A Morton’s neuroma is swelling in the nerve or inflammation around the nerve at the base of the toe. Pain occurs in the two adjacent toes. The nerve affected by Morton’s neuroma runs from the foot surface to the toes. Due to the pressures of walking, standing and wearing shoes, severe, intermittent pain can occur in the ball of the foot. Some patients also experience numbness in the toes or sharp, sudden pains.
What causes Neuroma?
- Chronic foot injuries.
- Biomechanical problems, such as bunions or foot pronation.
- Genetics, including inheriting flat feet.
- High-heeled shoes with pointed toe boxes.
- Ill-fitting shoes.
- Rheumatoid arthritis or gout.
- Repetitive trauma, such as that caused by jogging.
Symptoms of Morton’s neuroma include:
- Pain in the ball of the foot.
- Pain and/or numbness between the toes.
- Clicking sensation when walking.
- Sharp, tingling pain.
- Pain after jogging.
- Pain relief after removing one’s shoes.
How is this treated?
- Wearing shoes with a roomy toe box.
- Treat biomechanical conditions, such as bunions.
- Rest the foot and apply ice after activity.
- Take anti-inflammatory medications.
- Wear a foam pad under the toes or between the toes.
- Obtain an injection of xylocaine and cortisone in the affected area in an attempt to clearly diagnose the condition and also reduce the symptoms by decreasing the inflammation in the area.
- Wear shoe inserts.
If the above treatments do not relieve the pain, your doctor may recommend surgery.
What are the risks of treatment?
Surgery for Morton’s neuroma consists of removal of the affected nerve prior to its branching to the toes. Risks of surgery include infection, toe stiffness, or a recurrent neuroma. Numbness will result since the nerve is removed. However, over time, numbness typically becomes negligible.
How do I prepare for surgery?
Always ask your surgeon for complete pre-operative preparation instructions. Typically, these may include:
- Complete any pre-operative tests or lab work prescribed by your doctor.
- Arrange to have someone drive you home from the hospital.
- Refrain from taking aspirin and non-steroidal anti-inflammatory medications (NSAIDs) one week prior to surgery.
- Call the appropriate surgery center to verify your appointment time.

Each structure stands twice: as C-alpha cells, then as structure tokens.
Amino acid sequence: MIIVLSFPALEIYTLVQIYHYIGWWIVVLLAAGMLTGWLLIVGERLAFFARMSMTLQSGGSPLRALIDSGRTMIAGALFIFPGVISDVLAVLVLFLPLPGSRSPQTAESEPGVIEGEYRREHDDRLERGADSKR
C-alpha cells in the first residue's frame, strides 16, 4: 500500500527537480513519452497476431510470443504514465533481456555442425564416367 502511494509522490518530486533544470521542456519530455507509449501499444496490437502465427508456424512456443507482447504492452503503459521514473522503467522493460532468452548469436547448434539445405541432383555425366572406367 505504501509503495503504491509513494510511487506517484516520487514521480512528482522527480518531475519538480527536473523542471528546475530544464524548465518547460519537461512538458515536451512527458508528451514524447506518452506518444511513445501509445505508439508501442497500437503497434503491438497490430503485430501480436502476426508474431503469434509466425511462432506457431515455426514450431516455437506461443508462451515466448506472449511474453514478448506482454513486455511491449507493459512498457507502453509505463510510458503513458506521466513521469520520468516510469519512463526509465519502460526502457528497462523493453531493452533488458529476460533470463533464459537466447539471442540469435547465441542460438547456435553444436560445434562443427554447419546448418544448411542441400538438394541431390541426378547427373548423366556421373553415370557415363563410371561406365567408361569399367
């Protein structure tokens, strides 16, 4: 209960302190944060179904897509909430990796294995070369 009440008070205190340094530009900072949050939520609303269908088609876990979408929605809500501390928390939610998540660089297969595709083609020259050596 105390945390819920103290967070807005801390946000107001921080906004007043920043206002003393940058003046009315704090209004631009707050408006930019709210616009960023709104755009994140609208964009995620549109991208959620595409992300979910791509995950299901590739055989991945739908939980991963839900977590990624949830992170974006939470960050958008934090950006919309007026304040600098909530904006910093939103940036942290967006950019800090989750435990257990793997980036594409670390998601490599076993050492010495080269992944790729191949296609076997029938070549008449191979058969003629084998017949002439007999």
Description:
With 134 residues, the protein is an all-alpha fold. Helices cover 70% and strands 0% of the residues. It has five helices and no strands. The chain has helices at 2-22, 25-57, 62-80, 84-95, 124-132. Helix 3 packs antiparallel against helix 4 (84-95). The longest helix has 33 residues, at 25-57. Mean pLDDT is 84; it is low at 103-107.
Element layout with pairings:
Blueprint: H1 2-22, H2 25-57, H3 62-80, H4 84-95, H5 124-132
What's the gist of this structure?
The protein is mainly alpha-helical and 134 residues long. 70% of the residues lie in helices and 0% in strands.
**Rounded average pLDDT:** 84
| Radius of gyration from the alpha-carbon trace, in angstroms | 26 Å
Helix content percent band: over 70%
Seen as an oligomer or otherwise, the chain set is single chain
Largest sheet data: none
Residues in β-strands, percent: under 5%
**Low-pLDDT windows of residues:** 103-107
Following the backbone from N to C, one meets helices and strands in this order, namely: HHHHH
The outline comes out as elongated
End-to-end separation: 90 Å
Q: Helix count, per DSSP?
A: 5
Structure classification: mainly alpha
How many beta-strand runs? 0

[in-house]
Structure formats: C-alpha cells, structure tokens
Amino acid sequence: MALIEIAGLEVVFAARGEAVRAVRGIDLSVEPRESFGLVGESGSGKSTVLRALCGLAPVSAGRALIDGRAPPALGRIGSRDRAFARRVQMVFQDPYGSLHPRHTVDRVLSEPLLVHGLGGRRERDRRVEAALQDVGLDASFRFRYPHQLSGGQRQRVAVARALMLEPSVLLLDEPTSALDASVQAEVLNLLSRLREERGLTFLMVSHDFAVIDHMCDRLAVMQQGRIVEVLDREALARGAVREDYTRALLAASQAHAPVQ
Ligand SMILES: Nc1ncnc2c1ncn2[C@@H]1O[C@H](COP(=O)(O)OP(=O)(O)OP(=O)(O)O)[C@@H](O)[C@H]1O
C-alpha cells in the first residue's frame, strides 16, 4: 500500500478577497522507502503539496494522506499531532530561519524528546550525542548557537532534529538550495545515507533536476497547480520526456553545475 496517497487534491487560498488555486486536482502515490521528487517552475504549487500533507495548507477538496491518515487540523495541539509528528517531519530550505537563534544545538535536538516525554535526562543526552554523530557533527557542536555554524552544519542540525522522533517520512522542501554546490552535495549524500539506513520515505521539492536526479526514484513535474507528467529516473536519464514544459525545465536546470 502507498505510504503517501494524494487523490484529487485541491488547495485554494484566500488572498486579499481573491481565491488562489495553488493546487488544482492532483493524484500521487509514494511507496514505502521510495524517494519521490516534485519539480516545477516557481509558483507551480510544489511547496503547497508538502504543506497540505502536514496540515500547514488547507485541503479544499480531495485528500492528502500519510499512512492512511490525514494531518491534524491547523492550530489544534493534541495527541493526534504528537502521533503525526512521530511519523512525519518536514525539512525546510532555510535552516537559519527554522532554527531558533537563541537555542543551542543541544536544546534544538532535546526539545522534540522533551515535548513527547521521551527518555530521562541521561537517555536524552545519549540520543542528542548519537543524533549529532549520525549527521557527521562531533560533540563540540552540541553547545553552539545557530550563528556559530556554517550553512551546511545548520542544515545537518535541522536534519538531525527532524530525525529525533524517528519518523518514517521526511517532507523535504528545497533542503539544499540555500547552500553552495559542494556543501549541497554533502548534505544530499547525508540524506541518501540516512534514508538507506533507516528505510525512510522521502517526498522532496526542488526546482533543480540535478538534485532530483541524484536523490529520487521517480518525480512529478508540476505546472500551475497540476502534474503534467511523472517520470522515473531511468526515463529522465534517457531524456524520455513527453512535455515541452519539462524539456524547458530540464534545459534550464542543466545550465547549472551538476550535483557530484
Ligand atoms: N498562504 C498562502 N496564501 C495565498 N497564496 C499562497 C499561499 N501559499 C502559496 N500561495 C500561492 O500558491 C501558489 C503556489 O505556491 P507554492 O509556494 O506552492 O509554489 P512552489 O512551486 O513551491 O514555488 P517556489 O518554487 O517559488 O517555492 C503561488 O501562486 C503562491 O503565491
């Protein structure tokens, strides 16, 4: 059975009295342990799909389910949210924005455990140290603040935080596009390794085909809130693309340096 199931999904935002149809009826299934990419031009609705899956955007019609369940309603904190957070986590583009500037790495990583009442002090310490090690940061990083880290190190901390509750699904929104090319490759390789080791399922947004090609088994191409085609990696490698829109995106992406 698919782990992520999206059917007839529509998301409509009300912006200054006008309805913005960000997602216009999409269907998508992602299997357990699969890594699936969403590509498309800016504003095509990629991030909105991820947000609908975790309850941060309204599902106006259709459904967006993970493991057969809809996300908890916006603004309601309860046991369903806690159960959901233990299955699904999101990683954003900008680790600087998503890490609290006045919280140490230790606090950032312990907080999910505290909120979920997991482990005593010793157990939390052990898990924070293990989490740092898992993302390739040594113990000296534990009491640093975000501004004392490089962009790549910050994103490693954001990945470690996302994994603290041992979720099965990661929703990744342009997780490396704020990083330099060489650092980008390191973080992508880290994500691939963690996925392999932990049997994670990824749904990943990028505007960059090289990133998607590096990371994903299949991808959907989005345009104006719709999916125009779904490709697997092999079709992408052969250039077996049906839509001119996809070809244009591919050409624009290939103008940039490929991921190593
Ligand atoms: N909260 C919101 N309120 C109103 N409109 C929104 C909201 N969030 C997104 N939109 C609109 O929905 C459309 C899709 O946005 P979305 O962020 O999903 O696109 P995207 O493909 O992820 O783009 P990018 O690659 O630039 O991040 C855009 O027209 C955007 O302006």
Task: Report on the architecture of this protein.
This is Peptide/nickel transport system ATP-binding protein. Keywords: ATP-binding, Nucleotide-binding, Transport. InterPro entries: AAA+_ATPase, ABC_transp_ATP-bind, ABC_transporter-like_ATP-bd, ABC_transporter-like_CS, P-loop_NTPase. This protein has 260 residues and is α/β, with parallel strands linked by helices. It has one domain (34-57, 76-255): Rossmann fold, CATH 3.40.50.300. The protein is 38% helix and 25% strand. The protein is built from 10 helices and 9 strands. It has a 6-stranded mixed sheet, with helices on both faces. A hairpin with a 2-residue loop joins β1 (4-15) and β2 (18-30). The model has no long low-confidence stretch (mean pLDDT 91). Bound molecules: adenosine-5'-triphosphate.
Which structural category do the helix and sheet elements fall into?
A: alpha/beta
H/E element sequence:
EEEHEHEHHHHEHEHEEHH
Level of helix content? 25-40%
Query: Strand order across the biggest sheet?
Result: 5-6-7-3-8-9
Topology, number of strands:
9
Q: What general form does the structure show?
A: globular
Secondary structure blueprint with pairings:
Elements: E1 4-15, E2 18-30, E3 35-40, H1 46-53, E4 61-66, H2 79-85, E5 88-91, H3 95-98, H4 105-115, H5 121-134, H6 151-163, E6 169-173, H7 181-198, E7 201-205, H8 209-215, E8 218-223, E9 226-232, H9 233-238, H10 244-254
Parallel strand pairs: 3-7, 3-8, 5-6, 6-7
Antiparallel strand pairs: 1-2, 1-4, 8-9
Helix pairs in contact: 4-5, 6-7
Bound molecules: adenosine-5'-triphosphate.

- Refrain from eating or drinking anything after midnight the night before surgery.
What do I need to do the day of surgery?
- If you currently take any medications, take them the day of your surgery with just a sip of water.
- Refrain from taking diabetic pills or insulin.
- Do not wear any jewelry, body piercing, makeup, nail polish, hairpins or contacts.
- Leave valuables and money at home.
- Wear loose-fitting, comfortable clothing.
What happens during surgery?
Your foot will be initialized in the preoperative area by someone from the surgical team. In the operating room, you will be met by a nursing team and the anesthesia team. You have several anesthetic options:
- General: Completely asleep and breathing through a tube
- Epidural/Spinal: Numb from the waist down, or
- Local: Numbing medicine just above the surgical site
Epidural/Spinal and Local are usually combined with sedative medication so you can rest comfortably during the procedure. Once you are anesthetized, the surgery is initiated.
Surgery is typically done on an outpatient basis under local anesthesia. The doctor makes an incision on the top of the foot to remove the nerve. He then sutures the incision with stitches.
What happens after surgery?
Because the procedure involves removing the nerve and neuroma, permanent numbness between the affected toes can result. However, most patients prefer the numbness to the pain they experienced before surgery. The stitches are removed within 3 weeks of the surgery, and most patients can walk without crutches soon after the procedure. Some mild bruising and bleeding is normal after foot surgery. Keep your foot and leg elevated while sitting or lying down and make sure your bandages are clean, dry and intact at all times.
If you experience persistent numbness, tingling, or burning sensations in your foot or ankle, it may be due to a surgical dressing that is too tight. Elevate your foot, and if this does not resolve the problem, call your doctor.
How long is the recovery period after surgery?
Complete recovery typically occurs within 3 to 6 weeks.
Rehab after surgery
Slowing increasing one’s weight-bearing and normal activities is encouraged. Massage of the incision and forefoot is helpful. Formal rehabilitation is not usually necessary.
How can I manage at home during recovery from the procedure?
A dressing is left on the foot until the sutures are removed. After that, one can slowly resume normal activities.
How frequently should I schedule follow up appointments with my doctor following surgery?
Follow-up visits are scheduled by your surgeon.